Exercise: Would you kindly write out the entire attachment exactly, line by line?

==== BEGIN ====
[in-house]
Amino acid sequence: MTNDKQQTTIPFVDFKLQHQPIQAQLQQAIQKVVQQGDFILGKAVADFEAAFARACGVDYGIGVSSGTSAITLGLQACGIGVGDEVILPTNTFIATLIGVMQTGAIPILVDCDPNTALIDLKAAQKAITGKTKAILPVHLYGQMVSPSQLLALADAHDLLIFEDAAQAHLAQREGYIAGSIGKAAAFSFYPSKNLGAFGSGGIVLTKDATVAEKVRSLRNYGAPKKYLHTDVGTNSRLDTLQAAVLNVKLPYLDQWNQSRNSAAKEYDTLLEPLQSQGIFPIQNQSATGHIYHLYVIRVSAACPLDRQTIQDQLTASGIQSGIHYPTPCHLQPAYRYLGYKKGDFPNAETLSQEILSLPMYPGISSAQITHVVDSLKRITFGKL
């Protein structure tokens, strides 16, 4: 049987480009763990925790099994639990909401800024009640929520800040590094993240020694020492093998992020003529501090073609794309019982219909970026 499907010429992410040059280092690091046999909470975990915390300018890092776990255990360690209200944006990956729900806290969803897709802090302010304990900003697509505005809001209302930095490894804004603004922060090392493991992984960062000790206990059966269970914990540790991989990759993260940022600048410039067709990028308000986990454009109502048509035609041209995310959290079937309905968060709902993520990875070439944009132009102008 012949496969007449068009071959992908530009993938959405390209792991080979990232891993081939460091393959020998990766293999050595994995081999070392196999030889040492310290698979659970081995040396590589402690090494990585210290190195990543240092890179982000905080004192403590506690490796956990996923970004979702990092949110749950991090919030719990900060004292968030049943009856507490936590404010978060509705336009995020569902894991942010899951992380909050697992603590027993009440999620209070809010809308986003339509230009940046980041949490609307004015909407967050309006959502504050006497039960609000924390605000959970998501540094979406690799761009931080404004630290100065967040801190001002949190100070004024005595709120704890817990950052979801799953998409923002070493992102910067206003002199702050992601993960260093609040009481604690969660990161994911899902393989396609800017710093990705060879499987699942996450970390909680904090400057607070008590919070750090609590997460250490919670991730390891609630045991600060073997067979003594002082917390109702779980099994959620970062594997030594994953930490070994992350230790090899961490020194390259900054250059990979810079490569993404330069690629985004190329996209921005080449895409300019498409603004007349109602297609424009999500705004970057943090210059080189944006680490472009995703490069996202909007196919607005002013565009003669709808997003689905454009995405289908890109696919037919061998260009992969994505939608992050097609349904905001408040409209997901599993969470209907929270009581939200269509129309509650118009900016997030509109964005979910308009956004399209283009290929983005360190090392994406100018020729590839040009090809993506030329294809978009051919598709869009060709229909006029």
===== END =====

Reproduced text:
[in-house]
Amino acid sequence: MTNDKQQTTIPFVDFKLQHQPIQAQLQQAIQKVVQQGDFILGKAVADFEAAFARACGVDYGIGVSSGTSAITLGLQACGIGVGDEVILPTNTFIATLIGVMQTGAIPILVDCDPNTALIDLKAAQKAITGKTKAILPVHLYGQMVSPSQLLALADAHDLLIFEDAAQAHLAQREGYIAGSIGKAAAFSFYPSKNLGAFGSGGIVLTKDATVAEKVRSLRNYGAPKKYLHTDVGTNSRLDTLQAAVLNVKLPYLDQWNQSRNSAAKEYDTLLEPLQSQGIFPIQNQSATGHIYHLYVIRVSAACPLDRQTIQDQLTASGIQSGIHYPTPCHLQPAYRYLGYKKGDFPNAETLSQEILSLPMYPGISSAQITHVVDSLKRITFGKL
């Protein structure tokens, strides 16, 4: 049987480009763990925790099994639990909401800024009640929520800040590094993240020694020492093998992020003529501090073609794309019982219909970026 499907010429992410040059280092690091046999909470975990915390300018890092776990255990360690209200944006990956729900806290969803897709802090302010304990900003697509505005809001209302930095490894804004603004922060090392493991992984960062000790206990059966269970914990540790991989990759993260940022600048410039067709990028308000986990454009109502048509035609041209995310959290079937309905968060709902993520990875070439944009132009102008 012949496969007449068009071959992908530009993938959405390209792991080979990232891993081939460091393959020998990766293999050595994995081999070392196999030889040492310290698979659970081995040396590589402690090494990585210290190195990543240092890179982000905080004192403590506690490796956990996923970004979702990092949110749950991090919030719990900060004292968030049943009856507490936590404010978060509705336009995020569902894991942010899951992380909050697992603590027993009440999620209070809010809308986003339509230009940046980041949490609307004015909407967050309006959502504050006497039960609000924390605000959970998501540094979406690799761009931080404004630290100065967040801190001002949190100070004024005595709120704890817990950052979801799953998409923002070493992102910067206003002199702050992601993960260093609040009481604690969660990161994911899902393989396609800017710093990705060879499987699942996450970390909680904090400057607070008590919070750090609590997460250490919670991730390891609630045991600060073997067979003594002082917390109702779980099994959620970062594997030594994953930490070994992350230790090899961490020194390259900054250059990979810079490569993404330069690629985004190329996209921005080449895409300019498409603004007349109602297609424009999500705004970057943090210059080189944006680490472009995703490069996202909007196919607005002013565009003669709808997003689905454009995405289908890109696919037919061998260009992969994505939608992050097609349904905001408040409209997901599993969470209907929270009581939200269509129309509650118009900016997030509109964005979910308009956004399209283009290929983005360190090392994406100018020729590839040009090809993506030329294809978009051919598709869009060709229909006029």